The midwife had to come over 30 miles

She is happy to let the moment last, to allow Darlingest to find her way. She may have tried to feed him, I’m not sure, I think both Mum and boy were too tired. I was offered scissors to cut the cord. The toughest of the grizzly, vein filled pipe-work surprised me. A few moments later the midwife ran a bath. By now the ambulance men have gone. Zozo and Nonna may have come upstairs. Perhaps they left it a little longer. The chord cut I found I was left with the little chap while Darlingest and the midwife retired to the bathroom. I propped myself up on a pillow and slept. TBT (it took another five weeks before we named him) slept in my arms.

I tell all this rather than the many fond moments we have had together since. As I have taken on the ‘Househusband’ duties I’ve seen a lot of him. I have become, Darlingest says affectionately. the one he wants to turn too. This is what could have provoked the dream. I’ve become exceedingly maternal. (I had the joy of having this for a short spell with Zozo too). Reading these diaries, especially the ‘Mrs Daddy’ stuff you’ll know how close we are and what fun we have together as a family.

Now to the dream

I will analyse it in due course. It comes out of a dream n which I am floating about the ocean, dolphin like, though sometimes cadging a lift on one of the quaint motor-cruisers. We could be anywhere, we might even be in the fake canals and lagoons of he Venice in Las Vegas. I only saw this because of the strange, bright shadowless like light the filled the world. I gather that one of the captains of a boat had been on was a TV executive of some kind.

Towards the end of this sequence he calls ‘Watch out Vernon’ or some such. I had been floating about amongst boats trying to moor and he may have thought I was getting in the way. I might have been on a plank or in a canoe at least – the analogy is pretty stark, though the mood of it all is open and happy. The dreams might be completely unconnected but seemed to segue into each other.

Death of a child – my child

I’m in a town, on foot, amongst the canals and tall dock side buildings of a less salubrious neighbourhood, there’s a bit of a Charles Dickens’s London about it, done up, or Amsterdam (though I have never been), even the quayside building of Trollhatten, Sweden where the last EAVE I attended was based. I am approaching such a building, four storeys high.

This town house is pleasantly and plainly decorated on the outside (here the reconstructed old square of Warsaw or the old square in somewhere like Amiens comes to mind). There is no glass in the window frames, it might be that we are just moving in. Importantly for what happens, each floor is a jumble of cardboard boxes and furniture stacked up over the lip of each windowsill. The second floor has boxes almost to the top of the single, large square windows (or window frames). Zozo (who is five) is on the ground floor, passing something through a window or climbing out of it. TBT (who is three) is above, about to do the same, he is perched on the top of one of the boxes leaning out of the window. The box gives way and he slips forward, for a moment he is caught by an ankle. His head points straight down the wall, he will certainly fall.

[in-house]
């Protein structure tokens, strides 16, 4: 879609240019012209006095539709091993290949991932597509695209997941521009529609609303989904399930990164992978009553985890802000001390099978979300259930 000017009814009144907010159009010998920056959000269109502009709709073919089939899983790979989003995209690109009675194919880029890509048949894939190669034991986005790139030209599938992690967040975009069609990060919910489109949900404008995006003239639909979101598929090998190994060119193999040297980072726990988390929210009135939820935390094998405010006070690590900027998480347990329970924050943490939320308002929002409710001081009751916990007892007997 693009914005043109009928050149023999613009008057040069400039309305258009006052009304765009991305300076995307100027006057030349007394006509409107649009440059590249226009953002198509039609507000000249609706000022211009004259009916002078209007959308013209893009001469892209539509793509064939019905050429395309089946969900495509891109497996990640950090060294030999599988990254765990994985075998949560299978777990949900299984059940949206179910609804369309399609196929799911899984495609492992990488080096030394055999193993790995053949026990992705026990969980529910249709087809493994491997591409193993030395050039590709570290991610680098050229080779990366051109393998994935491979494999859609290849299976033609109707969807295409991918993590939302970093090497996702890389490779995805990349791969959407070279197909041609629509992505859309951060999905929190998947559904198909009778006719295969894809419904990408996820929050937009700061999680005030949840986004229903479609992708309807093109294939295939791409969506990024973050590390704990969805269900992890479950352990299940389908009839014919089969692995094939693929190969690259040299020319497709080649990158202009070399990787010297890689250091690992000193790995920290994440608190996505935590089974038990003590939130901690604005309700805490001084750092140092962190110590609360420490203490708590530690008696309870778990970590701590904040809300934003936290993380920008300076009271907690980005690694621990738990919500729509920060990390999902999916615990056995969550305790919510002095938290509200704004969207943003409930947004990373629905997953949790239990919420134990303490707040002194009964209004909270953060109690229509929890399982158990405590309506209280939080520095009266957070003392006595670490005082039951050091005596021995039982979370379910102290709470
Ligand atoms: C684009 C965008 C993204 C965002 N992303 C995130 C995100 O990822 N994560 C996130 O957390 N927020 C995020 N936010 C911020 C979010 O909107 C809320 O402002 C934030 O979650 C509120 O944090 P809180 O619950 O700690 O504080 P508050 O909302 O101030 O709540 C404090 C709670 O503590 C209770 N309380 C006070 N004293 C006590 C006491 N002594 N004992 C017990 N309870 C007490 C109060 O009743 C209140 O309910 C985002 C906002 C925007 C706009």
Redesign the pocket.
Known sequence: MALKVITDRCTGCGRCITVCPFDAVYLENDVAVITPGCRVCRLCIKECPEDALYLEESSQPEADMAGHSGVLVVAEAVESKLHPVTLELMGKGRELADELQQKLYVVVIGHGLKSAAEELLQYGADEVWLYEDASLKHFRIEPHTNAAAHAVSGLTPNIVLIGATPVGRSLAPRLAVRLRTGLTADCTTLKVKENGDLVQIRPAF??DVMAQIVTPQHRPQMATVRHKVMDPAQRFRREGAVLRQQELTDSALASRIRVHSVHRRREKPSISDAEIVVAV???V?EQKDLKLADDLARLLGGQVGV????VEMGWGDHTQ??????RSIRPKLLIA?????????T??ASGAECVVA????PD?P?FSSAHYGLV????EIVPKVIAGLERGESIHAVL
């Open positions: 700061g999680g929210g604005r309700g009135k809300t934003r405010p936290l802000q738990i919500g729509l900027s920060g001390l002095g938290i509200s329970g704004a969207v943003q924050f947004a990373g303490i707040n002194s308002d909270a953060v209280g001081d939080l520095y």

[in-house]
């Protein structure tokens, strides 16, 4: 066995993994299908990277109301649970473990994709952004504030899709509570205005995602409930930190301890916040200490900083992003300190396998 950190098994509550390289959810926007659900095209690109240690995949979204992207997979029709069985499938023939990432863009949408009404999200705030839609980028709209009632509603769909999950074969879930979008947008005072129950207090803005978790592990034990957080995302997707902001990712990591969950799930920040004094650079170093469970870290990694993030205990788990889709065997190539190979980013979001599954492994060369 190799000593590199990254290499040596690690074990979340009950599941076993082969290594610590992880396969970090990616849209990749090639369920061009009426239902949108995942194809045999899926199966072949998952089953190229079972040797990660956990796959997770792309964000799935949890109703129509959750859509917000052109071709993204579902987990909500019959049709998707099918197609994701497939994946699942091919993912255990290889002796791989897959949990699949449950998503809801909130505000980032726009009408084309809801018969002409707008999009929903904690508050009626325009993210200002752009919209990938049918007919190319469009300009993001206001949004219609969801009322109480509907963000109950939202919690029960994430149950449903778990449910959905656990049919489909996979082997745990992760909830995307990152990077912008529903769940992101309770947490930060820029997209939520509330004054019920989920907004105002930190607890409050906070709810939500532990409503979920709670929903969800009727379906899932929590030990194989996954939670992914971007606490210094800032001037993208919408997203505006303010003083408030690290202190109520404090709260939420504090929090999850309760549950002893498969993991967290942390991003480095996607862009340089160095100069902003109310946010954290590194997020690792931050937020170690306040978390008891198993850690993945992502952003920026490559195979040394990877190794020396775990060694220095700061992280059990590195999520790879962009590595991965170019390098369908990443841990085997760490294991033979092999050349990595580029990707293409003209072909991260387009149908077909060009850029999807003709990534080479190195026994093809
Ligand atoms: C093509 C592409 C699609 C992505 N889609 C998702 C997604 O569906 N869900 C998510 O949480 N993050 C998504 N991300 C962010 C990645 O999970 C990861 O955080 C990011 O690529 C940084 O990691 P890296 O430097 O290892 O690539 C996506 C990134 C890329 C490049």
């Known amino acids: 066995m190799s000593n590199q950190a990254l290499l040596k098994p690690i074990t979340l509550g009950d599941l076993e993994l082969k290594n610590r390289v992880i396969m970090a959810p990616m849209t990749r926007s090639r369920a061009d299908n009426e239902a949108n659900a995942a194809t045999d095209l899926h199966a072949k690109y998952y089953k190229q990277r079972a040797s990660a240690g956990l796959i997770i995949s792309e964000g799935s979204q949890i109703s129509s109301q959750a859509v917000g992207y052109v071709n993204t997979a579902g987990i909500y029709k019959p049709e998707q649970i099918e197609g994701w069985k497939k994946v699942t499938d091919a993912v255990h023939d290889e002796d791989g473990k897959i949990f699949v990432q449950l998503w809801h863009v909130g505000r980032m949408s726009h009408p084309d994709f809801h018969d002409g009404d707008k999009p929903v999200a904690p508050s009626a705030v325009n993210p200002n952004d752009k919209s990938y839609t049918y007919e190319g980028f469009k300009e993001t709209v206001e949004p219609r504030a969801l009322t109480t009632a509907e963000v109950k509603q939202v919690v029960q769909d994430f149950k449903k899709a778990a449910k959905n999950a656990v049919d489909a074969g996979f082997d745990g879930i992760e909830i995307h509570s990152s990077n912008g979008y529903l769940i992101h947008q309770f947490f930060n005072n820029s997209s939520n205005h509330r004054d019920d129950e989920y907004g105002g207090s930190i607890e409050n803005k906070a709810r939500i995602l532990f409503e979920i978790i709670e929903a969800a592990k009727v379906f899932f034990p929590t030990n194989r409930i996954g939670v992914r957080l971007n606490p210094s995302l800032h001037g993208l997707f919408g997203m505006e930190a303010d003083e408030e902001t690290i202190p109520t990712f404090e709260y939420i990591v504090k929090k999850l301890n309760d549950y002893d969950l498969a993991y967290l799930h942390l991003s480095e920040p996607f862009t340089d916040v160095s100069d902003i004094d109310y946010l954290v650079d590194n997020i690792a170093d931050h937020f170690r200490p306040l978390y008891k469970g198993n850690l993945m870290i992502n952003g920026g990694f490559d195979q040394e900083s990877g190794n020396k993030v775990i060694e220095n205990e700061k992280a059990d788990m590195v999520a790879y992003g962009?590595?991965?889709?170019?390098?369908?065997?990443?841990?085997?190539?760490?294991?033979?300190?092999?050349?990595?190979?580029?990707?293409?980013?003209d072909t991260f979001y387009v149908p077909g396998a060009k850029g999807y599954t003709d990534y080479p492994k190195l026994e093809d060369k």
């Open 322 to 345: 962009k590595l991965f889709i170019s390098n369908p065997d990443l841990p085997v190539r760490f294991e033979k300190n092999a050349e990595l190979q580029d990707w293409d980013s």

I am across the street, encumbered with something, watching this but unable to scramble and dive to his rescue. It’s as if I sense there is nothing I could do. I will never get there on time. I know he will fall and that the outcome is going to be nasty if I don’t catch him. I just continue to walk towards him, not daring to call out as he slips out of the window. I dash forward, I should have run over the moment I saw the accident unfolding. TBT hits the back of a bench beneath the window and falls behind it onto the cobbled stones beneath. I could draw the scene now. Paint the bricks, the bench (green gloss, faded, wrought iron frame, heavy wooden seat and back). I lift TBT straight up. Common sense says don’t move him, he may have a neck injury.

In my heart I know he is dead. I want to pull him out from behind the bench and clutch him to my chest. He is inert, his neck is broken and most ghastly of all one side of his head has been pushed in deforming his left eye and spoiling his beautiful sunshine face.

I yell out in pain and anguish. I wake with a start, disturbed by the sound of my own voice. I feel wretched. Alone. Broken

The aftermath

I am being vigilant. Getting in and out of cars, climbing on walls, at softplay, in the swimming pool. He leans over parapets in the multi-storey car par, insists on running along the tops of walls. At his age I had a long scar on my forehead, he has a short one from a fall against a concrete planter. At his age I fell off a harbour wall and landed on the deck of a fishing boat. A little older I slid off a breakwater at low tide. So I’m vigilant. He could so easily do the same, but not come off as lightly as I did. But he loves climbing. He’s strong and agile. Having climbed myself it is remarkable to see him swing, grip, tug, and heave with balletic agility and enormous strength. It could get him into a lot of trouble. We keep the windows locked at home, especially those on the third floor. Wish us all long happy lives!